Forgiveness: at the junction

A famous Christian (St. Augustine, from North Africa) once said, “Give me chastity, but not yet.” He wasn’t ready to live as God wanted him to, even though he knew what was right and his conscience was bothering him a bit.

The most recent ‘Forgiveness challenges’ have reminded me of Augustine’s dilemma, his sense of being at a junction in the road but unready to follow the correct path. With forgiveness, there are many moments of choice, where you can move toward forgiveness, or toward anger and bitterness. And even knowing that forgiveness is right, and that it will free you, doesn’t mean that you necessarily want to forgive at that point. You don’t feel ready to let go of the anger and hurt – perhaps because it makes you feel strong, or because that hurt has become such a part of your identity that you’re not sure what you’d do without it. So I found Mpho Tutu’s thoughts on this powerful (listen to that here).

My friend Heather Drew, a counselor who’s made several trips to Rwanda to partner with counselors there, has been sharing thoughts from her most recent trip earlier this summer (see her blog here). This one caught my eye, for obvious reasons:Rwanda_Forgiveness

One particular thing that I’m frustrated about at present has felt like an unending, unconquerable roadblock. And that’s when I realize that I’m letting this hurt, this pain, become a larger part of my story and identity than it should be. The larger, more important story is God’s, and the identity he gives me is more foundational. It tells me that I’m his child, ever in his hands. And as his child, his love for me gives me the ability to choose to forgive, in radical ways, as Rwanda Christians show me.

And if I do not feel emotionally ready to forgive at present, I can pray for God to soften my heart, and give me the strength to obey regardless.

Forgiveness challenge, part 2

This is one of those moments when you think, “Maybe this wasn’t such a great idea after all.” In this Forgiveness Challenge, you have a daily (in my case, weekly) ‘assignment’ of sorts. This week’s is to list people that I need to forgive.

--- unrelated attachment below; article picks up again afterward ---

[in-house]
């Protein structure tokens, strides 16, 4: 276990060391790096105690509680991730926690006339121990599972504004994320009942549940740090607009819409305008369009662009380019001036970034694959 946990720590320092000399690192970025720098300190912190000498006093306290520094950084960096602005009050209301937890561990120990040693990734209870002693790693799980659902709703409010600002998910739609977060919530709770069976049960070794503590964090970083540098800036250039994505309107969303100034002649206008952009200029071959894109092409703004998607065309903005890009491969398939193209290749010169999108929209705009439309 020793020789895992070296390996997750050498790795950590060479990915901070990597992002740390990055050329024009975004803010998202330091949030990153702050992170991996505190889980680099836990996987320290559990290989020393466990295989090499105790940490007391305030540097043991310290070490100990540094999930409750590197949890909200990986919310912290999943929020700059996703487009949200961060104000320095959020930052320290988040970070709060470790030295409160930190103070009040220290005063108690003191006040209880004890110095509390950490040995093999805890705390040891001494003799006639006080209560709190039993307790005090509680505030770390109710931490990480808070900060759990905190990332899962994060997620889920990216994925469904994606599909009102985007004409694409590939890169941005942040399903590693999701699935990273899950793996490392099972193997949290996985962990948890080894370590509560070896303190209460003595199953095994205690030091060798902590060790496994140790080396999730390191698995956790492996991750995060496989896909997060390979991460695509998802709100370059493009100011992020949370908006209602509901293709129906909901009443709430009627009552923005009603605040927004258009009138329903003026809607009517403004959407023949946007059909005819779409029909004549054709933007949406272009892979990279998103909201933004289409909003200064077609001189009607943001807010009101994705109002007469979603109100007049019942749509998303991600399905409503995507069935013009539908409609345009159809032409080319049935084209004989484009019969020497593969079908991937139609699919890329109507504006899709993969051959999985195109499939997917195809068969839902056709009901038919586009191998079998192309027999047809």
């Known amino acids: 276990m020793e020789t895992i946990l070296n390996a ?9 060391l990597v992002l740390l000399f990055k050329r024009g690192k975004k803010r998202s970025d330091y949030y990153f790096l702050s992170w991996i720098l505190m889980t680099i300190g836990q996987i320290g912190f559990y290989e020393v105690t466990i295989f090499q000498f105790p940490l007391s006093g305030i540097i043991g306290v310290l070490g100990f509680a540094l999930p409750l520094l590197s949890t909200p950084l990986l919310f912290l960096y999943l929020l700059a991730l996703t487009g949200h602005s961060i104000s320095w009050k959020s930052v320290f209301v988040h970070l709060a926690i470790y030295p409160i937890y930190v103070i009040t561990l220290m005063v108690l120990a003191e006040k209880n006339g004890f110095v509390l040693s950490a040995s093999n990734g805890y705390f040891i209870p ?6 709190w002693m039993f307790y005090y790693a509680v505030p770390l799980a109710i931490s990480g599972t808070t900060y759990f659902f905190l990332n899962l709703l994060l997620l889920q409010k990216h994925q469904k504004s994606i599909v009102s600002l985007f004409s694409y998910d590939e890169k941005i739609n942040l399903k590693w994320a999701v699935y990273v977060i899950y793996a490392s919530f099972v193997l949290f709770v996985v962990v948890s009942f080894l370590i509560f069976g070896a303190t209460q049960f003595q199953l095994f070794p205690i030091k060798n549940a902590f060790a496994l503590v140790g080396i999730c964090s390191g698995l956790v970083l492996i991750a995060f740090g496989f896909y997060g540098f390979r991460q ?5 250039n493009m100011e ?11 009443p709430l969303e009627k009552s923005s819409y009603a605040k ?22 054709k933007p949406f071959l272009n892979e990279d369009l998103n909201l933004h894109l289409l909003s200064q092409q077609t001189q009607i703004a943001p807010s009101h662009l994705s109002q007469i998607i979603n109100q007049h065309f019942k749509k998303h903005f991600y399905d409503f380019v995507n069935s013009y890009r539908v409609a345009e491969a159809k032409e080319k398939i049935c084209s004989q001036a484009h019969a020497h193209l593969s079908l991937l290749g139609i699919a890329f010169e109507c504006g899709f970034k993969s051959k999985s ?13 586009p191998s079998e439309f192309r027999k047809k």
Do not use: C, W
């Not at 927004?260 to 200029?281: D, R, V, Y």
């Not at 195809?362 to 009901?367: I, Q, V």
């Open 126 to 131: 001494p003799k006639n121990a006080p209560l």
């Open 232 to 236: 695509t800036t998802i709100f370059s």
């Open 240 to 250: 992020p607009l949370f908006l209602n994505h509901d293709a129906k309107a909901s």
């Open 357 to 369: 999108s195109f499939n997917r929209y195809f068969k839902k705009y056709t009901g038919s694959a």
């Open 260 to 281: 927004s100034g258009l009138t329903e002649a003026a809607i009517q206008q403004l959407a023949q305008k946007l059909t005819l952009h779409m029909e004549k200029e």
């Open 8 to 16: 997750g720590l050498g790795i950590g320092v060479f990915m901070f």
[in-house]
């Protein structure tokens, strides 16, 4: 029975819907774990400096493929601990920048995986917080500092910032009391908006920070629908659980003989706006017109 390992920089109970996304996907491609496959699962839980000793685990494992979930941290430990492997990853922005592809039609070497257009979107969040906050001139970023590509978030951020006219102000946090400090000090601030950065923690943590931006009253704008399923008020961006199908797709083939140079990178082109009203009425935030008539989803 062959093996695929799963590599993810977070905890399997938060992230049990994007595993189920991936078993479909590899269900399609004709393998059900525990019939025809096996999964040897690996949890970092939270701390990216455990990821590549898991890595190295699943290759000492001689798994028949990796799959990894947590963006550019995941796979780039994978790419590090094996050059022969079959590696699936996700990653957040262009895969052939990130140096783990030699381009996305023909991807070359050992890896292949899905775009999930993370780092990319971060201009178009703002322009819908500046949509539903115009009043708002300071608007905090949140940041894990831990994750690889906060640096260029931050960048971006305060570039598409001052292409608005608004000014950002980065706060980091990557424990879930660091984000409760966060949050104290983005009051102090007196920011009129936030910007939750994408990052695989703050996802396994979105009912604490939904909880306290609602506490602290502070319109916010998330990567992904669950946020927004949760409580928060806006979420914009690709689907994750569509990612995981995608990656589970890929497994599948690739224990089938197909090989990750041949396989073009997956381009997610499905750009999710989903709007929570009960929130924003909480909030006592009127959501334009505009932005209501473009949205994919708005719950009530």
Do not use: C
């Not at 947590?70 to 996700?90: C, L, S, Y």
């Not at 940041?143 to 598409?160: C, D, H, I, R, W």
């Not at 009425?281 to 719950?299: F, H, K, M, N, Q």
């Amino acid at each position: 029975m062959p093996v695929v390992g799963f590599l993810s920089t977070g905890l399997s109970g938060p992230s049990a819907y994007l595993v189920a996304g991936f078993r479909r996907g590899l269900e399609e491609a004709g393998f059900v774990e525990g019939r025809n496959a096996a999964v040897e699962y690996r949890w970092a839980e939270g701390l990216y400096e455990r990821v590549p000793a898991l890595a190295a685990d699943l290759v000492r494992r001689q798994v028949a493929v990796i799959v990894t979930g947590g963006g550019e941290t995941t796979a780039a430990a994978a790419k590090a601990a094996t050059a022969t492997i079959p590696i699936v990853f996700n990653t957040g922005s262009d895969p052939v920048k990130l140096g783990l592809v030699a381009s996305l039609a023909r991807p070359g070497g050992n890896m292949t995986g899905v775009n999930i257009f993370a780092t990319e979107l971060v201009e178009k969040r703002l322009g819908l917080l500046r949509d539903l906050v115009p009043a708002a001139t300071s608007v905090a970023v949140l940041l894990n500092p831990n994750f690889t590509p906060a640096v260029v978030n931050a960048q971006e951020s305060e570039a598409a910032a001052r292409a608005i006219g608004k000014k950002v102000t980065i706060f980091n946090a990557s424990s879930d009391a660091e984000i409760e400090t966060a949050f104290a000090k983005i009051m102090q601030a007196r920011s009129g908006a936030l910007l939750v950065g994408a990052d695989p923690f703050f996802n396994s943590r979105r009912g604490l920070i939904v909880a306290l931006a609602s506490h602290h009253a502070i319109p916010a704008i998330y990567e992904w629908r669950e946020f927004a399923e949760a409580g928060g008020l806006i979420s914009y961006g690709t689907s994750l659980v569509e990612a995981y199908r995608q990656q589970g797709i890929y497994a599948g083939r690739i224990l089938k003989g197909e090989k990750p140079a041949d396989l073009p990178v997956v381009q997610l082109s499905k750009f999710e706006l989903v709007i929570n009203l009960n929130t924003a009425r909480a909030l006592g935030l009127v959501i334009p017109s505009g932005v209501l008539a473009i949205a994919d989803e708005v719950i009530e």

I don’t want to do this. For one, because I like to tell myself that surely I’m not a person who holds grudges, or is angry at anyone. Surely I’m a ‘better Christian’ than that, a mature person who forgives, gives grace, and trusts that God will bring justice where there has been a wrong. And secondly, if I am angry, I’d like to think that my anger is ‘righteous anger,’ the sort of burning anger Jesus displayed when he saw an injustice being committed.

But…neither of those two things is true. Often when I get angry, it’s simply because I didn’t get my way – things didn’t go the way I wanted them to. That person cut in front of me, without using a turn signal, and then drove very slowly up the road (yeah, this happened on Thursday afternoon). Well, it did happen, and it may be inconsiderate and not great driving, but really most of my frustration is that I couldn’t drive as quickly as I wanted, or that I didn’t arrive at my destination when I had planned to. And then there was last week, where I really was outright angry for an entirely different reason. Yep, most of my anger is not about things that anger God: it’s not righteous anger.

And as for the first point? Ah, that would be self-deceit kicking in. In Jeremiah 17:9-10, God is addressing Judah and their failures. He reminds them that “The heart is deceitful above all things and beyond cure. Who can understand it? I the Lord search the heart and examine the mind…” It is uncomfortable to think about and admit, but if I’m honest, I do get frustrated, irritated, and yes, outright angry at times, and I am often (unfortunately) good at remembering events and people that have angered me. I’m sure that I have, in turn, angered and hurt others whose forgiveness I need to ask. That’s the second part of this week’s challenge: listing people whose forgiveness I need to seek.

If you’re still thinking about the Forgiveness Challenge, I encourage you to sign up here (you can sign up and select the ‘scholarship’ option, to do this for free like me). The challenges will be worth your time!

The Forgiveness Challenge